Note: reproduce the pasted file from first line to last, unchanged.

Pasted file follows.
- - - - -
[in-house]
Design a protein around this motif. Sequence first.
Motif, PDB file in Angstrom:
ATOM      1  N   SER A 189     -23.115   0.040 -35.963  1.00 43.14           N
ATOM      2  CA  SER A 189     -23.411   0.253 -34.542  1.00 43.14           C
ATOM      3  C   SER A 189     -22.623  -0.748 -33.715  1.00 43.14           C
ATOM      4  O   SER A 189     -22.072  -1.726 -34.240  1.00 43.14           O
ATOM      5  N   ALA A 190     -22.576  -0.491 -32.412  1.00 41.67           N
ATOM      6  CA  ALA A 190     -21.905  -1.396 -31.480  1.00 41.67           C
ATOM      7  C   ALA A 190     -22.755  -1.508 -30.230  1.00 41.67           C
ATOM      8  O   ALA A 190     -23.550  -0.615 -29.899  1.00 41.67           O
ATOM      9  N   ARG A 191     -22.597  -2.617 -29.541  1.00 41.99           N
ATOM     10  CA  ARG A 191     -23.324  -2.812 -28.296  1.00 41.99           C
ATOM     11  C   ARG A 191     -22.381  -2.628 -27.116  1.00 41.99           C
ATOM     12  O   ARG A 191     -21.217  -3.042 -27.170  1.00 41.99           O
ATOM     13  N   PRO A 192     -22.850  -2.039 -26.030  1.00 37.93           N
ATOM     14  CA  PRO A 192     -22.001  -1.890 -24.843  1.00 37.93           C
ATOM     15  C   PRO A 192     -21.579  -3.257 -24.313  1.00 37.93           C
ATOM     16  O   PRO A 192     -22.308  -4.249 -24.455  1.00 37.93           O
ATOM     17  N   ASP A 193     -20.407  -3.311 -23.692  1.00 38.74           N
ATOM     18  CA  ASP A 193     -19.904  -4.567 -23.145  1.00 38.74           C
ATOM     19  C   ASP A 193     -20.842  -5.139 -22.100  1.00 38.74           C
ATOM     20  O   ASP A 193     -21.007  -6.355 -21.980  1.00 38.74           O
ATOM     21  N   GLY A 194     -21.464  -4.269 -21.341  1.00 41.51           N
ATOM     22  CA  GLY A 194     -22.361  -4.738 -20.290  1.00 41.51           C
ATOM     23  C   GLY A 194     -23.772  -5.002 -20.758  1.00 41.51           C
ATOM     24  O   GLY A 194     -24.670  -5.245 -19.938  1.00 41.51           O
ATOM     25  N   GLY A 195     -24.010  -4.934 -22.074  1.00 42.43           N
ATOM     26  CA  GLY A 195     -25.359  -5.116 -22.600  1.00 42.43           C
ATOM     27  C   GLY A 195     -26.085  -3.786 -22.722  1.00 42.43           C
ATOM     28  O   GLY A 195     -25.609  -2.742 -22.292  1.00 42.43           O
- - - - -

[in-house]
Design a protein around this motif. Sequence first.
Motif, PDB file in Angstrom:
ATOM      1  N   SER A 189     -23.115   0.040 -35.963  1.00 43.14           N
ATOM      2  CA  SER A 189     -23.411   0.253 -34.542  1.00 43.14           C
ATOM      3  C   SER A 189     -22.623  -0.748 -33.715  1.00 43.14           C
ATOM      4  O   SER A 189     -22.072  -1.726 -34.240  1.00 43.14           O
ATOM      5  N   ALA A 190     -22.576  -0.491 -32.412  1.00 41.67           N
ATOM      6  CA  ALA A 190     -21.905  -1.396 -31.480  1.00 41.67           C
ATOM      7  C   ALA A 190     -22.755  -1.508 -30.230  1.00 41.67           C
ATOM      8  O   ALA A 190     -23.550  -0.615 -29.899  1.00 41.67           O
ATOM      9  N   ARG A 191     -22.597  -2.617 -29.541  1.00 41.99           N
ATOM     10  CA  ARG A 191     -23.324  -2.812 -28.296  1.00 41.99           C
ATOM     11  C   ARG A 191     -22.381  -2.628 -27.116  1.00 41.99           C
ATOM     12  O   ARG A 191     -21.217  -3.042 -27.170  1.00 41.99           O
ATOM     13  N   PRO A 192     -22.850  -2.039 -26.030  1.00 37.93           N
ATOM     14  CA  PRO A 192     -22.001  -1.890 -24.843  1.00 37.93           C
ATOM     15  C   PRO A 192     -21.579  -3.257 -24.313  1.00 37.93           C
ATOM     16  O   PRO A 192     -22.308  -4.249 -24.455  1.00 37.93           O
ATOM     17  N   ASP A 193     -20.407  -3.311 -23.692  1.00 38.74           N
ATOM     18  CA  ASP A 193     -19.904  -4.567 -23.145  1.00 38.74           C
ATOM     19  C   ASP A 193     -20.842  -5.139 -22.100  1.00 38.74           C
ATOM     20  O   ASP A 193     -21.007  -6.355 -21.980  1.00 38.74           O
ATOM     21  N   GLY A 194     -21.464  -4.269 -21.341  1.00 41.51           N
ATOM     22  CA  GLY A 194     -22.361  -4.738 -20.290  1.00 41.51           C
ATOM     23  C   GLY A 194     -23.772  -5.002 -20.758  1.00 41.51           C
ATOM     24  O   GLY A 194     -24.670  -5.245 -19.938  1.00 41.51           O
ATOM     25  N   GLY A 195     -24.010  -4.934 -22.074  1.00 42.43           N
ATOM     26  CA  GLY A 195     -25.359  -5.116 -22.600  1.00 42.43           C
ATOM     27  C   GLY A 195     -26.085  -3.786 -22.722  1.00 42.43           C
ATOM     28  O   GLY A 195     -25.609  -2.742 -22.292  1.00 42.43           O